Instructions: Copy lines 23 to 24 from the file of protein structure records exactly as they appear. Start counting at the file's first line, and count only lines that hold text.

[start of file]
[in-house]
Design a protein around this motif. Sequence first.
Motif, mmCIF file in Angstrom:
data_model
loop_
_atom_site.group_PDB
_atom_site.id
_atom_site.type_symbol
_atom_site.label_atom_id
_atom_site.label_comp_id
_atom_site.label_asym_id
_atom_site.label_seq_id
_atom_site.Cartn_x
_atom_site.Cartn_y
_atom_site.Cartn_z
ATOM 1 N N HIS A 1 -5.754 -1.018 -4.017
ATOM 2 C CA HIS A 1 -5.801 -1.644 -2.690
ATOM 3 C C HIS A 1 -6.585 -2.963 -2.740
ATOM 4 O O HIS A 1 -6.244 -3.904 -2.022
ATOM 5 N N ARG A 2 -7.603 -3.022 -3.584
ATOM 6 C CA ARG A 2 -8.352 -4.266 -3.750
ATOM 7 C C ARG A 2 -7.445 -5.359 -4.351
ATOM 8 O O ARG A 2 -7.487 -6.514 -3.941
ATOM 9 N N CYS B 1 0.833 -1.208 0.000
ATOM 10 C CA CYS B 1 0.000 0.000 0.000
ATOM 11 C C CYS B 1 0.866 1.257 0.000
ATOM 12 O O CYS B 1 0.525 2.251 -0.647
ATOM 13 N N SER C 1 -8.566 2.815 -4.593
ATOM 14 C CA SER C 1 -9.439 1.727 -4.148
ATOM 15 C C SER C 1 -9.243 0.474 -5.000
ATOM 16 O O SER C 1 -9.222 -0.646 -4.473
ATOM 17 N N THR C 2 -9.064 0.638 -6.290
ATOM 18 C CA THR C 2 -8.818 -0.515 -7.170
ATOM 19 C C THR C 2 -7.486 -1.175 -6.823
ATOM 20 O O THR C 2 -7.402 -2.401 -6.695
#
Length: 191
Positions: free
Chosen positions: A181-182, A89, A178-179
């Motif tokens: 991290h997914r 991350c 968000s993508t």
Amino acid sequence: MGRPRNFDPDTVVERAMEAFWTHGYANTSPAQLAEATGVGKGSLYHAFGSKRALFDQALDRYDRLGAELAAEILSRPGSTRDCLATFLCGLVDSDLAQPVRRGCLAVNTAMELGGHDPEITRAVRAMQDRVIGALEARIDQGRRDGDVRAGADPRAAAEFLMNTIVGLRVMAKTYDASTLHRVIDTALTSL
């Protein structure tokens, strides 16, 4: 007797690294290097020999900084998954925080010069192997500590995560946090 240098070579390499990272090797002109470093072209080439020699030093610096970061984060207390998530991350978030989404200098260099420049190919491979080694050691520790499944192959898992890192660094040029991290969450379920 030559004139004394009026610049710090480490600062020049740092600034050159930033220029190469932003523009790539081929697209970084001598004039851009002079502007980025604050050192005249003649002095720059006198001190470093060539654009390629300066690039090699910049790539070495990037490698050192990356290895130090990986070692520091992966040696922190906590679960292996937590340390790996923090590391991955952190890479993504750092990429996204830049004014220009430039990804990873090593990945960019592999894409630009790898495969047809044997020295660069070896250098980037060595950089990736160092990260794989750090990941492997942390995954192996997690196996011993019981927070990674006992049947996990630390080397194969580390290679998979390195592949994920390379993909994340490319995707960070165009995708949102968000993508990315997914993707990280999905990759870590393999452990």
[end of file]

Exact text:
ATOM 8 O O ARG A 2 -7.487 -6.514 -3.941
ATOM 9 N N CYS B 1 0.833 -1.208 0.000